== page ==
In order to enable correctional administrators to anticipate further improvements in objective classification, this bulletin provides a summary of current critical classification issues. Topics briefly discussed include: re-evaluation of existing prison classification systems; external and internal classification; classification systems for women inmates; identification of high risk and special management inmates; the use of classification for reentry and inmate transition programs; the impact of longer prison terms; using classification for planning purposes; and the need for on-going research and evaluation of classification practices.
“In the following, we review the literature relevant to the study of violence and safety in women’s prison. We begin with the demographic and background characteristics of female offenders. The pathways model is then described, which emphasizes the life experiences of women that contribute to criminal behavior. This review will then describe the subcultural elements of women’s prisons that influence vulnerabilities, victimization, and violence. The types and prevalence of violence in women’s prisons, particularly sexual assault, are also summarized. A summary of the National Inmate Survey, a PREA-mandated data collection that measures inmate self-reports is provided. This review then provides a summary of recent research by the authors that examines the context of gendered violence and safety in women’s correctional facilities and results from a project that sought to validate an instrument intended to measure women’s perceptions of safety and violence” (p. 1).
This 3-hour program discusses the strengths and weaknesses of 12-step programs and how they integrate with "what works" in the correctional field. The following topics are addressed:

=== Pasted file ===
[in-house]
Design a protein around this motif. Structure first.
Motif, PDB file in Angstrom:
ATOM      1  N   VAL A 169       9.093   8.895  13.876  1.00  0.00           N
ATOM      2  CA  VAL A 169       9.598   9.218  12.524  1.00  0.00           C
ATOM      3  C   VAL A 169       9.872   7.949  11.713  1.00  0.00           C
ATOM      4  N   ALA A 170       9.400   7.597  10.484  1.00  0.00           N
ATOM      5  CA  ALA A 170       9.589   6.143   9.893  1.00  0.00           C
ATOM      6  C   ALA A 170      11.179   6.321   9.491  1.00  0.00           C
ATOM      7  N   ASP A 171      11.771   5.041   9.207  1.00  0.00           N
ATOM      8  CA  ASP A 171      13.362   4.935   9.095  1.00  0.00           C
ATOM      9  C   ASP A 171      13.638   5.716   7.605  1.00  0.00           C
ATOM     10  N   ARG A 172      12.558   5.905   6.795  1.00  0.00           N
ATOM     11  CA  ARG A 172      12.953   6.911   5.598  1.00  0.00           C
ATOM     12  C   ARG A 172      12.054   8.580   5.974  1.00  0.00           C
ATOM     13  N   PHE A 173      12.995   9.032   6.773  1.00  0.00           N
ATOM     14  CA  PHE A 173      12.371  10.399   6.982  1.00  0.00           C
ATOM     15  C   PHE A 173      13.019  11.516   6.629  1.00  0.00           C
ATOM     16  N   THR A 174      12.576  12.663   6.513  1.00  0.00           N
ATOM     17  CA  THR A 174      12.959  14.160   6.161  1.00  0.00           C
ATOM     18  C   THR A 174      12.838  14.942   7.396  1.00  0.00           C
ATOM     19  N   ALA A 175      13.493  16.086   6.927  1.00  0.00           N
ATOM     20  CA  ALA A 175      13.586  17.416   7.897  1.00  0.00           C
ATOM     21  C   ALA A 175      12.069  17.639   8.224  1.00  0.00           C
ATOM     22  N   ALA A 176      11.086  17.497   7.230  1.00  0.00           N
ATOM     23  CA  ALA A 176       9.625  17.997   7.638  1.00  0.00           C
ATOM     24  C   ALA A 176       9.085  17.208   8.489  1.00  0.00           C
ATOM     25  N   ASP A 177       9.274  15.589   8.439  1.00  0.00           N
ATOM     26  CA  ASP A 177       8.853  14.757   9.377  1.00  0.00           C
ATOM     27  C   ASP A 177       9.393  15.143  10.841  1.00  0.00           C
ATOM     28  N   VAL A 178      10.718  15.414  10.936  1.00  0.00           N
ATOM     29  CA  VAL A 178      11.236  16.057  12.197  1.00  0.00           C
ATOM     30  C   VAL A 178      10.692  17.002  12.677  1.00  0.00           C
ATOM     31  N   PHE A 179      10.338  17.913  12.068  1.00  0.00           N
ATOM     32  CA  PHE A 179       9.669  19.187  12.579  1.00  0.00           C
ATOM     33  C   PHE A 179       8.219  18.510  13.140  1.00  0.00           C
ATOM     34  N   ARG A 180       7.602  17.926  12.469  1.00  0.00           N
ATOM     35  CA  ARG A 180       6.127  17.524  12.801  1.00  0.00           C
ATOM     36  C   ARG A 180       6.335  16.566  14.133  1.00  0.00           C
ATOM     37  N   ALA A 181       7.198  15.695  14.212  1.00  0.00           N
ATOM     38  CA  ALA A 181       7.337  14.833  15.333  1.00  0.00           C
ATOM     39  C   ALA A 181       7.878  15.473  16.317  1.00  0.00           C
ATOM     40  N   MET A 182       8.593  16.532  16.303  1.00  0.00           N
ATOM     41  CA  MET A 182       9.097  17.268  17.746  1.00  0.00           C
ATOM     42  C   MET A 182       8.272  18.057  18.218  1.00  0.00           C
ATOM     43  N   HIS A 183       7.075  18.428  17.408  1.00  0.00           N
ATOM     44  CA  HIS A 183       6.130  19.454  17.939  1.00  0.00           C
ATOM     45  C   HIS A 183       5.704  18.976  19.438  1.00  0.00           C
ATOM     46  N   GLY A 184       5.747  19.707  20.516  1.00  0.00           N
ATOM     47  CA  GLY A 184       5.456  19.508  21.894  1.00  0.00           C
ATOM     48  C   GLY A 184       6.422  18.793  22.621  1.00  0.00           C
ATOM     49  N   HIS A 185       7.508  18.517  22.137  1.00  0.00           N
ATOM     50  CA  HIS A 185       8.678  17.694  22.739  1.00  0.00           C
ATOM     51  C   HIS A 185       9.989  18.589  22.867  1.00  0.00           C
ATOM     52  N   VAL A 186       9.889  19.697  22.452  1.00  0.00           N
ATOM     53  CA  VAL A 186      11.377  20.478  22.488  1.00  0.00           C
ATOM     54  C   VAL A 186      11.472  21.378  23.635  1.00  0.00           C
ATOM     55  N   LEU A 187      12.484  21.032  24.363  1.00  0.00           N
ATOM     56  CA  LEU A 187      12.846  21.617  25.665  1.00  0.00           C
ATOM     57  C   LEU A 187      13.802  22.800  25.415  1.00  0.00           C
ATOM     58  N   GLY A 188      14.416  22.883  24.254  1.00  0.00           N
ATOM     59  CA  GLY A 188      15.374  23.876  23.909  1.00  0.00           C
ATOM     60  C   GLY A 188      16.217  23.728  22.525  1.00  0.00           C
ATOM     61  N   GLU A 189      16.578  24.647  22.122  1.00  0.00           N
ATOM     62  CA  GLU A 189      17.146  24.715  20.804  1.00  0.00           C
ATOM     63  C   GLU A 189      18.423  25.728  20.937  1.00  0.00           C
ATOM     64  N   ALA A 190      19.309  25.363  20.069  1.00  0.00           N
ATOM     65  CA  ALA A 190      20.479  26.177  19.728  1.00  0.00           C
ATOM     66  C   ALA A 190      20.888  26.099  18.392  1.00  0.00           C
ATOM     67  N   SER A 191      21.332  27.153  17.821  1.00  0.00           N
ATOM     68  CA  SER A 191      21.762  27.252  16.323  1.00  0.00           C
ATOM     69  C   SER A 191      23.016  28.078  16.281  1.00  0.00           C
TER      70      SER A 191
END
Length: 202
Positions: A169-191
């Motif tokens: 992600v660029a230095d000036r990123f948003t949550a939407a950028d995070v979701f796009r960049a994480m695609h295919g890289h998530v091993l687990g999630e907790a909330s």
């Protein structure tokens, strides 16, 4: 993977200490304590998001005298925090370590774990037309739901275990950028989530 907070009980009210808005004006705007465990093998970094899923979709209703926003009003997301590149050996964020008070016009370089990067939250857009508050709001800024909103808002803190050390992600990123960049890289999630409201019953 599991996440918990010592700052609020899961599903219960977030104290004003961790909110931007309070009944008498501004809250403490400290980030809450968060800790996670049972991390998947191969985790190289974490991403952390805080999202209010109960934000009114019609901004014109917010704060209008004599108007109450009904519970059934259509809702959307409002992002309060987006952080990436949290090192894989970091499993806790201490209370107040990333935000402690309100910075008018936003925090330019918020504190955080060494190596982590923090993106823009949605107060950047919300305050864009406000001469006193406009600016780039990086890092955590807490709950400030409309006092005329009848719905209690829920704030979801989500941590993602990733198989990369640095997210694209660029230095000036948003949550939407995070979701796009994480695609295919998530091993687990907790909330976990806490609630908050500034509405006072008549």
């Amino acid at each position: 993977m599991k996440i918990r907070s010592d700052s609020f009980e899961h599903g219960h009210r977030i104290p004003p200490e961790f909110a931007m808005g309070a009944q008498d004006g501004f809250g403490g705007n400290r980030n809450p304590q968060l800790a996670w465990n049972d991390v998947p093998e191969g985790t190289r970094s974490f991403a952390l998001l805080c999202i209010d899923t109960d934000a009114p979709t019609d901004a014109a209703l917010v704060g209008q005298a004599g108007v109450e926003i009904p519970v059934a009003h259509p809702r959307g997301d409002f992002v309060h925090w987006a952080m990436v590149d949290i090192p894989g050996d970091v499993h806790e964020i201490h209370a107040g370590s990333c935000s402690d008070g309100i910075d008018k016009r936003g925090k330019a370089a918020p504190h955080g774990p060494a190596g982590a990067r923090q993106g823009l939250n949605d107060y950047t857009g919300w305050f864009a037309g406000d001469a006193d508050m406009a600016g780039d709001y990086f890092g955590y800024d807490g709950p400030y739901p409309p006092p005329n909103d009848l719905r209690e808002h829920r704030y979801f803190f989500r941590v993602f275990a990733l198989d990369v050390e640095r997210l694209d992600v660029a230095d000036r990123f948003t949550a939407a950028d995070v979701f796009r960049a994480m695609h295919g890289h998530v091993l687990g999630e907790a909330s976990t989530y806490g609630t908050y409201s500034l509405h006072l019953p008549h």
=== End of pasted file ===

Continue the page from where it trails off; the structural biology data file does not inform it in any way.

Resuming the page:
- Enhancing communication and cooperation and supporting the appropriate use of 12-step programs;
- Recognizing the benefits of 12-step programs throughout the criminal justice system;
- Understanding how the mission of 12-step programs complements the goal of corrections;
- Special issues with 12-step programs -- legal and mandatory participation and conflicting research and literature;
- And implementing what has been learned.
Targeted for criminal justice professionals who train, this curriculum demonstrates communication skills that strengthen positive interaction, evaluates the impact of individual cultural perspectives and personal beliefs on the effectiveness of interacting with others, and identifies positive and negative relationships that are impacted by cultural diversity in the work place. Section topics include creating a common understanding, what it means to be different in your organization, communicating across cultures, and development of cultural competency. The training package consists of a one volume, loose-leaf manual and a videotape that depicts numerous vignettes of interactions between people of different ethnic backgrounds. This thirty-six-hour course was delivered to trainers of the Missouri Department of Corrections Central Training Academy, St. Louis, Missouri, June 1-5, 1992.
“Culture, including beliefs, assumptions, values, norms, and practices in an organization, determines the success of an organization’s performance and change efforts. This book helps illuminate the role culture plays in an organization that is striving for higher performance ... Knowledge of culture enables an organization to proceed along the path to successful change. The APEX Change Management Model provides a process and map for organizational change based in research and best practices; it engages the human component of the organization to ensure success” (p. 85). Eight chapters follow an introduction to Achieving Performance Excellence (APEX): introduction; organizational culture and change; introduction to change management; APEX Change Management Model; additional elements of successful change management; communications planning during change; change management principles and practices in action—Prison Rape Elimination Act (PREA); and changing culture during challenging times.
“Investigating Allegations of Staff Sexual Misconduct with Offenders is a 36-hour educational program that addresses the complex issues in investigations of staff on offender sexual abuse in correctional settings …